How to Convert Roth IRAs Into Real Estate

By: Craig Woodman

The ups and downs of the stock market might make your stomach a bit queasy, encouraging you to delve into a more nontraditional IRA investment for your retirement funds. A self-directed IRA will allow you to purchase investments such as real estate with retirement funds. To fund a self-directed IRA to the point that you can purchase properties, you can transfer money from an existing IRA account to a self-directed account by completing a transfer, or rollover, of funds.

Step 1

Find an IRA trustee who will handle self-directed IRA accounts. Many IRA trustees, like mutual fund companies or stock brokers, will only handle IRA investments that they sell. You need an IRA trustee who will manage nontraditional IRA investments, including real estate. Set up an IRA with such a trustee to receive funds from your existing Roth IRA.

Step 2

Initiate a trustee-to-trustee transfer from your existing Roth IRA to the self-directed IRA that you established. The trustee for the self-directed IRA can request this transfer of funds, and the trustee for the existing Roth account will send a check directly to the self-directed trustee. Or you can request a distribution of the entire balance of your Roth account, then deposit the distribution into the self-directed IRA within 60 days to have it qualify as a tax-free rollover.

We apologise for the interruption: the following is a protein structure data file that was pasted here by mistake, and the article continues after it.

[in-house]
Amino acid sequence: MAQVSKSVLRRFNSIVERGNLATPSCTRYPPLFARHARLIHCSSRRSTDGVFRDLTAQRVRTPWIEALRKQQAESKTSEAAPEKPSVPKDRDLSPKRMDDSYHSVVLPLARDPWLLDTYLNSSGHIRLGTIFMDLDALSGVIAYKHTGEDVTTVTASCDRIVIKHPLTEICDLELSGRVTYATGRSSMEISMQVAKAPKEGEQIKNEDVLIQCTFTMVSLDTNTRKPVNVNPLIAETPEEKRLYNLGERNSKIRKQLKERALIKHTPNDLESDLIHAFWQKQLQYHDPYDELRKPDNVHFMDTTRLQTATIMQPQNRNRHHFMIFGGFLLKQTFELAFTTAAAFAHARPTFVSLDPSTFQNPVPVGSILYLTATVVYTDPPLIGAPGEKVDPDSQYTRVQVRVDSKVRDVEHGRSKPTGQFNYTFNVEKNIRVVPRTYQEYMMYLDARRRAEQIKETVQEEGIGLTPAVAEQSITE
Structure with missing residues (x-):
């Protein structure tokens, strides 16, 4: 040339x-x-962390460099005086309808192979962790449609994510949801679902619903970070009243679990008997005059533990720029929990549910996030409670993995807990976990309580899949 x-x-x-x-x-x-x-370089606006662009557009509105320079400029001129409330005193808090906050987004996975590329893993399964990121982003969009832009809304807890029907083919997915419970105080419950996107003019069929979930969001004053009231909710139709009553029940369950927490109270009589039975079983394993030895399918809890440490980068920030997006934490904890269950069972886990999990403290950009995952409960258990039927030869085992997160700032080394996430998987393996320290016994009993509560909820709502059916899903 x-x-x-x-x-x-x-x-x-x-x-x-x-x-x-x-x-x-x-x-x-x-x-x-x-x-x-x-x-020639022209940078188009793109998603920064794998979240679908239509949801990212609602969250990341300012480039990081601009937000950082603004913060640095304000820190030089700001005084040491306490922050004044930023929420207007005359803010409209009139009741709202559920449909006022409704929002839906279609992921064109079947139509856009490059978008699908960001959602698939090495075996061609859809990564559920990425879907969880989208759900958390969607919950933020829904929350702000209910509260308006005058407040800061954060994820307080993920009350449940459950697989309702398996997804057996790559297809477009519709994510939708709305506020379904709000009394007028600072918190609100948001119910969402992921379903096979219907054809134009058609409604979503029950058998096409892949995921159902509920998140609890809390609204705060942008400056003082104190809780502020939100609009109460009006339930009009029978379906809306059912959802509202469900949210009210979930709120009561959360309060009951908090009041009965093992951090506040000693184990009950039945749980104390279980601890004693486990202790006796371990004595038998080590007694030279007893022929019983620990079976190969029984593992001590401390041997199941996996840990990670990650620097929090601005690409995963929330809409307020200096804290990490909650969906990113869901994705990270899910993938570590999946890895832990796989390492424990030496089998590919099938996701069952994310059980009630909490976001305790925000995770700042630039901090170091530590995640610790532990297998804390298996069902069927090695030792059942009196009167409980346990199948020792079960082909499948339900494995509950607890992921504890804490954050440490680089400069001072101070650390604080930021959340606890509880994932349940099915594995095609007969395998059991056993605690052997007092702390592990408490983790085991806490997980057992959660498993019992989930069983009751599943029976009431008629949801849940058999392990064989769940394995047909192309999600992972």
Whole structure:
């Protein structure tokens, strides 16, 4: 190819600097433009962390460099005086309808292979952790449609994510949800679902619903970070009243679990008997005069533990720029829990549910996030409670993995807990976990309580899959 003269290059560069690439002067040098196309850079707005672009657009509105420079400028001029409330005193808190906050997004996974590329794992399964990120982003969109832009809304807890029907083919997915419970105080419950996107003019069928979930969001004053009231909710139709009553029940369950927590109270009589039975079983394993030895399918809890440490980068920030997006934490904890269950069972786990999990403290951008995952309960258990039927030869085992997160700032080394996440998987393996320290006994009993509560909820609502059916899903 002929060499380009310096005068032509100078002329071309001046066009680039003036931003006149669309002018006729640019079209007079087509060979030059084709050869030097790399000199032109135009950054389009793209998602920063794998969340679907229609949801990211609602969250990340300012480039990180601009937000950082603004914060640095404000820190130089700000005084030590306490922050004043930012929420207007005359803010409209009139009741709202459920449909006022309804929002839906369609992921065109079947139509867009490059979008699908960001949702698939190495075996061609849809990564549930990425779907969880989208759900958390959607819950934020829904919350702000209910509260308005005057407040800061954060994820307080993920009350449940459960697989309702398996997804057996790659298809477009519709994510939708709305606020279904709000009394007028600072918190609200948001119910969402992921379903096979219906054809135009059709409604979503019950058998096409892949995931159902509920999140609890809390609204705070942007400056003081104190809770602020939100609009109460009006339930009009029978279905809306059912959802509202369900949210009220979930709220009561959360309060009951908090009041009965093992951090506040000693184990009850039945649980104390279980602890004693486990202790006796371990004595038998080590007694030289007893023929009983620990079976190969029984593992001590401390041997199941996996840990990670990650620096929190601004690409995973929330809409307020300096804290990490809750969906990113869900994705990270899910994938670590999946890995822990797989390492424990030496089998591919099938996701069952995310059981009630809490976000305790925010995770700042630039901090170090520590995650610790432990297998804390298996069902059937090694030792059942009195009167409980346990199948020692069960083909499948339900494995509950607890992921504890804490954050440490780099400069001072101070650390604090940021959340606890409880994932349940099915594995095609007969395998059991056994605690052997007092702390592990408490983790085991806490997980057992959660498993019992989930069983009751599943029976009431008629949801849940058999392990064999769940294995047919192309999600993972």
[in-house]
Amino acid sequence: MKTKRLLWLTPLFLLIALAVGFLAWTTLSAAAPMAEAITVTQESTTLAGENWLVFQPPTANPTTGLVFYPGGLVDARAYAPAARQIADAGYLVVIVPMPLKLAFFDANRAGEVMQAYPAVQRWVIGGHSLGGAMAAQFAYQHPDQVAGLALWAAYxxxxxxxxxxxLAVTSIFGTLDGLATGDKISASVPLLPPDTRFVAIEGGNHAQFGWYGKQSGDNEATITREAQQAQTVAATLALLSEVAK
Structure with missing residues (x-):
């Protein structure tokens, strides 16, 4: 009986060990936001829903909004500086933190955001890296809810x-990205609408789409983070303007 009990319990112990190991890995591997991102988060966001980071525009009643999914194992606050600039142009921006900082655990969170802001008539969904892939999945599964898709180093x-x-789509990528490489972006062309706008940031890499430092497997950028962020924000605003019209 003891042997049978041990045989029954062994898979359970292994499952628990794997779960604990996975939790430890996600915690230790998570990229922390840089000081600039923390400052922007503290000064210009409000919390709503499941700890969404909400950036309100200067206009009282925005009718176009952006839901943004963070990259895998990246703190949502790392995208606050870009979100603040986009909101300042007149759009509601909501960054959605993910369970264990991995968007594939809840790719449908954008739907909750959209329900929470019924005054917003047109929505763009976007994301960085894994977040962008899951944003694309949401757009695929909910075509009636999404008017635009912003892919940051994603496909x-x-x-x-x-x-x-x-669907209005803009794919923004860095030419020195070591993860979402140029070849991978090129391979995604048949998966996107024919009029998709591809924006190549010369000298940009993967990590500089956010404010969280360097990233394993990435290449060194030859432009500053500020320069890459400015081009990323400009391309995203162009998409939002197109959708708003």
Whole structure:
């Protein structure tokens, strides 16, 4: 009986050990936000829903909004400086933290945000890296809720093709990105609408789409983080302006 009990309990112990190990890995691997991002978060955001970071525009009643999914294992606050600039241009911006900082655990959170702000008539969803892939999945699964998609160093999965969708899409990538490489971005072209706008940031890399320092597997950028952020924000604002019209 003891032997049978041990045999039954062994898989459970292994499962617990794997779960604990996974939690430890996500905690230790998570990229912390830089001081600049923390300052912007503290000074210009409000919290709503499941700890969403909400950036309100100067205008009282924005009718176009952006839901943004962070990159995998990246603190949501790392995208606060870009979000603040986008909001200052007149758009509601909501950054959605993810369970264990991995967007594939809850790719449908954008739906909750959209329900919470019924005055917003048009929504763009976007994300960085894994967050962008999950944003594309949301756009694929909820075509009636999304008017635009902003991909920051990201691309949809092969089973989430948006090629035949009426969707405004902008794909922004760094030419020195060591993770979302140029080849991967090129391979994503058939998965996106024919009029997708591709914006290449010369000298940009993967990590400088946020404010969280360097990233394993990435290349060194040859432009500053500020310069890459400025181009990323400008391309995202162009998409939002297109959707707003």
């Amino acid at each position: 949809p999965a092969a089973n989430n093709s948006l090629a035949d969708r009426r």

Step 3

Locate real estate that you wish to purchase and tell your self-directed IRA trustee to make these purchases for you using IRA funds. If you have sufficient cash available in the account to purchase the property, the trustee will make the purchase using available funds. If you wish, you can apply leverage by making a down payment on the property, and having your IRA account secure a mortgage for the remaining balance of the purchase price.


  • Some trustees will handle the purchase of the real estate, as well as the management of the properties.


  • Be certain that all money coming in from your properties is kept within the IRA. If it is not, it is considered a distribution, and you could owe taxes and penalties on the amount.


About the Author

Craig Woodman began writing professionally in 2007. Woodman's articles have been published in "Professional Distributor" magazine and in various online publications. He has written extensively on automotive issues, business, personal finance and recreational vehicles. Woodman is pursuing a Bachelor of Science in finance through online education.

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